Born in 1930, David Goldblatt is perhaps South Africa’s best known and most highly regarded photographer of his generation. Find out a little bit more about him here.
David Goldblatt’s photos revolve around his exploration of the social landscape of South Africa. Growing up in a country which in the 40s and 50s was at the peak of racism and anti-semitism, Goldblatt carefully observed the social, cultural and economic divides that characterised the South African state.
The son of Lithuanian-Jewish immigrants, he himself, frequently experienced anti-Semitic sentiments and this in turn made him especially sensitive to the humiliation and discrimination suffered by others under apartheid.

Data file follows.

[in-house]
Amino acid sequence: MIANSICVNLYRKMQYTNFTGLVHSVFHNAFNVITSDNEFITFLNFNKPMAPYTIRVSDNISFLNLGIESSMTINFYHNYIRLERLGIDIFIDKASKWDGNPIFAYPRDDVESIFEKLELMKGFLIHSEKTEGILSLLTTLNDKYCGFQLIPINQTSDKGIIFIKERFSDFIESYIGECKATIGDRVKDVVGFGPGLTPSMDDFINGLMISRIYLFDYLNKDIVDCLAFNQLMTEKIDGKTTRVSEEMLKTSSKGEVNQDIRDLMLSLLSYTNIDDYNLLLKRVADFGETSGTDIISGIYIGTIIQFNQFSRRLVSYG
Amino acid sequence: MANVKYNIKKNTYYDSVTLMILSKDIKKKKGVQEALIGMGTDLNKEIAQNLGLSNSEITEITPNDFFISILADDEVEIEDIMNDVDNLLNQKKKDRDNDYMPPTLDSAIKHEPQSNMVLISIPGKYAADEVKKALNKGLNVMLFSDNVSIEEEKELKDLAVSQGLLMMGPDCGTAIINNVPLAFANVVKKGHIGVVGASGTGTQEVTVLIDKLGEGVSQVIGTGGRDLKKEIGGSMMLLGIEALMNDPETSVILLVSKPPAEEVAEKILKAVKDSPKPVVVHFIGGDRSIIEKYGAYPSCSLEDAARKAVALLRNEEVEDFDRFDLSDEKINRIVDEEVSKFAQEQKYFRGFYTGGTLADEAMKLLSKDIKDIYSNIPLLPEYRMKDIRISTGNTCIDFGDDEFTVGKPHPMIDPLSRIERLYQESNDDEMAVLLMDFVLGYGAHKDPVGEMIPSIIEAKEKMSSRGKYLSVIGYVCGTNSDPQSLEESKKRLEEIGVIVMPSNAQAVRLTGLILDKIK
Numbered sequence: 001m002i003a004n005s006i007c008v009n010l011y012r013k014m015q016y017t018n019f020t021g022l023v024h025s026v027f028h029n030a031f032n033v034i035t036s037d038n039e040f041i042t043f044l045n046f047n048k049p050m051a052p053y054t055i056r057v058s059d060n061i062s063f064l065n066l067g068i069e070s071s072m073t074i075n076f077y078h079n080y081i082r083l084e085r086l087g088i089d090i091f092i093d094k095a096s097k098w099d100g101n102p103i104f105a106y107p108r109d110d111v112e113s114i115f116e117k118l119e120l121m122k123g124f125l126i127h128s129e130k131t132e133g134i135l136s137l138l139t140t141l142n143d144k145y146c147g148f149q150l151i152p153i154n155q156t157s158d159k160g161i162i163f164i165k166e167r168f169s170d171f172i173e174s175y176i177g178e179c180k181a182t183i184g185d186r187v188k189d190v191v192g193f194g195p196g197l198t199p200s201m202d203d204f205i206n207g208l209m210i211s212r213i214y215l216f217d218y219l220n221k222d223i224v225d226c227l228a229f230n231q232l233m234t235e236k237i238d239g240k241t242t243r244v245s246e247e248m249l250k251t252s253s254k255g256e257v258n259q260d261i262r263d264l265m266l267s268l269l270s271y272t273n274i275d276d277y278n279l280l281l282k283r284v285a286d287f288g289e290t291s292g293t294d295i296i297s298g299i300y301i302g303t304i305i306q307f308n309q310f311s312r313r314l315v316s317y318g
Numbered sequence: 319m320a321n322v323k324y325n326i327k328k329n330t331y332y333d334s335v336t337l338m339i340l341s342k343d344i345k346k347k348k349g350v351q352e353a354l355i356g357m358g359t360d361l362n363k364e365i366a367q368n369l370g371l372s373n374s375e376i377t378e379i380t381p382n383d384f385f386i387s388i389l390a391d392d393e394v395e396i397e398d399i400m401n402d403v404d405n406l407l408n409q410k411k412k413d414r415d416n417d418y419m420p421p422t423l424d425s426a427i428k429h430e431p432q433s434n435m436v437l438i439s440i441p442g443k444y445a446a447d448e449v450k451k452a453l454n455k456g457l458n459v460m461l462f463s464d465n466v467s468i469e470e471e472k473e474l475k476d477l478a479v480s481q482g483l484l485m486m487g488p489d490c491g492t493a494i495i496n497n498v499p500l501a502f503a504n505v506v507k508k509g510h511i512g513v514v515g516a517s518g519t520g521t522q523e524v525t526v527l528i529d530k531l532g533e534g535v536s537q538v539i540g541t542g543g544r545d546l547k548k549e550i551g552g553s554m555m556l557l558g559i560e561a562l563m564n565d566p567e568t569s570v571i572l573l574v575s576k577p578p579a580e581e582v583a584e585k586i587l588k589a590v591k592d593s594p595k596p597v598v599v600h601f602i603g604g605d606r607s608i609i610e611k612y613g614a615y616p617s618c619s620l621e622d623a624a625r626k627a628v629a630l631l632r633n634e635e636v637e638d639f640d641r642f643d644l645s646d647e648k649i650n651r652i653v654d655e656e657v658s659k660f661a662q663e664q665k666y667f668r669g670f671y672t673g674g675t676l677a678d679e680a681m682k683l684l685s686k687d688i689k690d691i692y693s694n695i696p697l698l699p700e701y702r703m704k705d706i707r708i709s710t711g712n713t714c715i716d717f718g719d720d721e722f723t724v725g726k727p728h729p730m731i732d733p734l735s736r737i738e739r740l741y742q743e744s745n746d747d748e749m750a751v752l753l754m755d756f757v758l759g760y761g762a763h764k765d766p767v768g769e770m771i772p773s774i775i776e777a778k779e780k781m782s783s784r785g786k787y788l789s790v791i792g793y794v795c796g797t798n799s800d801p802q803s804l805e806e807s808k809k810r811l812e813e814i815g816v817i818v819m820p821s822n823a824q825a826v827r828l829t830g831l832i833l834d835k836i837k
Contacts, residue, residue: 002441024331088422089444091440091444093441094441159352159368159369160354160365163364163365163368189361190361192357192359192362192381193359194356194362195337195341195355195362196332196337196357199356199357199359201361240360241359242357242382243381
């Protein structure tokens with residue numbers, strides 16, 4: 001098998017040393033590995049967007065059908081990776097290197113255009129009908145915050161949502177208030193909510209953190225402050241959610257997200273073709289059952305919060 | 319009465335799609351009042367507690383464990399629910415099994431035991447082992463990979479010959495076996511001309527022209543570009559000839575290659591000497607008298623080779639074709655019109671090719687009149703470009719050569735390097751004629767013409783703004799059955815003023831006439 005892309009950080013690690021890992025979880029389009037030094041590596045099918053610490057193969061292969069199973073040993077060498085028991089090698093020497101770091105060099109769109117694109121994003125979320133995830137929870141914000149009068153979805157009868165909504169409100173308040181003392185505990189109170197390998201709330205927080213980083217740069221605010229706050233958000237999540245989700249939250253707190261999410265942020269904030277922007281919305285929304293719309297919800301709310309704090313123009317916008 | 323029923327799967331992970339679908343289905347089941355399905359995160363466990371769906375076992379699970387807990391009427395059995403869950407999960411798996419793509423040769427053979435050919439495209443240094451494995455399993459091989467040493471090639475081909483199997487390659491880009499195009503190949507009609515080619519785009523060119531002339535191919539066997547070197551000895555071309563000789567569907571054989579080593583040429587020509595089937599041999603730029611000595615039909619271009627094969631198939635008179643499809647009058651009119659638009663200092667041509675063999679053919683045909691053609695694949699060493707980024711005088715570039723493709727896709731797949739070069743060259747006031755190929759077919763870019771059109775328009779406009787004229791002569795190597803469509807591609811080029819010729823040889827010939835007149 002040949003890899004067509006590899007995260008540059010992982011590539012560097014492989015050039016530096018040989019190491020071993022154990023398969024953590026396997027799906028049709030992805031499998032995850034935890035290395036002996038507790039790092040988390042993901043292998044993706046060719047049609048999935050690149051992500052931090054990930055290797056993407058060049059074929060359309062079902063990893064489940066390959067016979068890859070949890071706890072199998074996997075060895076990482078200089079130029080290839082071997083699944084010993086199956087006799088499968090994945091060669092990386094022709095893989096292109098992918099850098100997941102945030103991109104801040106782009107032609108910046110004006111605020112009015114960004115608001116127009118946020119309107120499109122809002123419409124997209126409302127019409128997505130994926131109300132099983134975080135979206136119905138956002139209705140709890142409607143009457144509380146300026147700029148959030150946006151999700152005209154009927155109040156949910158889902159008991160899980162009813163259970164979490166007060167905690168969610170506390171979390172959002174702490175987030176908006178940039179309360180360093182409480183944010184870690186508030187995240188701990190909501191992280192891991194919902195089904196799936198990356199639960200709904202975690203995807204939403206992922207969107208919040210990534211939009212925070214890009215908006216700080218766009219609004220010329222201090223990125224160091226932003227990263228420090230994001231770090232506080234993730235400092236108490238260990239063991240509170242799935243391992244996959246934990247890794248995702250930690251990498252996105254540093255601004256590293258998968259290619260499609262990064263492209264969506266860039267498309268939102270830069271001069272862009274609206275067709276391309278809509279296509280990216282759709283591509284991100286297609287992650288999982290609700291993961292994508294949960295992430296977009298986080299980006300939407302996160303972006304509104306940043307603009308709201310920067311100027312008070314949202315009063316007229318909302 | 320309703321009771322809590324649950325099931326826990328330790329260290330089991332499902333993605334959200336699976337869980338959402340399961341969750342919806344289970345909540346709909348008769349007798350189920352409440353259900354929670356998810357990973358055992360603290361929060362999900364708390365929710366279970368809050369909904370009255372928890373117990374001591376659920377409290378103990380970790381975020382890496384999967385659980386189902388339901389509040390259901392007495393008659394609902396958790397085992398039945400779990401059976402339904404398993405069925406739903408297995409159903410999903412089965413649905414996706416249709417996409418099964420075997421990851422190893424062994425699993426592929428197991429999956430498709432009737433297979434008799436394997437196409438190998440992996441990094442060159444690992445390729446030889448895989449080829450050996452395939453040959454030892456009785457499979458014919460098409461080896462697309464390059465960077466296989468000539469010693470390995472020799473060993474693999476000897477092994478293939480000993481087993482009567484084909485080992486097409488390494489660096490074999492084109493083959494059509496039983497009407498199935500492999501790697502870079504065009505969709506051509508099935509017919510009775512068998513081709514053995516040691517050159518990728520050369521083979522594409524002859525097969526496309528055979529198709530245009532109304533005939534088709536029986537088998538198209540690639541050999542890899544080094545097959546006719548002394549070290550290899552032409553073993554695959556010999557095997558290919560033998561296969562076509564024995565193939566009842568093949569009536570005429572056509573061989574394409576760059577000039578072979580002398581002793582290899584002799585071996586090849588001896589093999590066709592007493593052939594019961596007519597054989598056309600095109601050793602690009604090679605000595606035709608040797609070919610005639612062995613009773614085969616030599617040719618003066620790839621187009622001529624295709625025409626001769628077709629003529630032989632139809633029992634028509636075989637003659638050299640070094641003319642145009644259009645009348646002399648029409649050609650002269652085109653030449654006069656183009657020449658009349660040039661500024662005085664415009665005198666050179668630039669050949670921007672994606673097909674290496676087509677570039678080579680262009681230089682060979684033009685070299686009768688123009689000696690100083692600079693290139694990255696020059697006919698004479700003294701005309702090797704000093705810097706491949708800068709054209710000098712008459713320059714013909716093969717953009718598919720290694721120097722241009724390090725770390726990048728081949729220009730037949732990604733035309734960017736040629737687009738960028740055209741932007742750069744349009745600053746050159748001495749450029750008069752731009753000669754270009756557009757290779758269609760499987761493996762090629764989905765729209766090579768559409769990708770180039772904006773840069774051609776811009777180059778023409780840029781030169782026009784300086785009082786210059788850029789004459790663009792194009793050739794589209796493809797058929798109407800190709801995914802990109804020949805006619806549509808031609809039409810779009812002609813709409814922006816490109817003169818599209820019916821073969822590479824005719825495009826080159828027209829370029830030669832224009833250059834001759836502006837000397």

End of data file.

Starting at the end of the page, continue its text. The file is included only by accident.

Goldblatt’s photos focus on ordinary people and everyday life. His work is a series of quiet observations rather than loud political statements. He shed light on injustice not through the documentation of large scale happenings but rather through the character of the people living a struggle. Having very little interest in explosions of hostility, Goldblatt’s Transported of KwaNdebele series for example, followed the daily commute of black workers during segregation His first publication, On the Mines, examined the subterranean lives of gold miners in the East Rand area of the country.
Now over 80 years old, Goldblatt is a recipient of the Hasselblad Foundation Award in photography and has more than 20 solo exhibitions under his belt, including ones at the MOMA and the V&A; the latter having received a large collection of his work as a donation in 1987.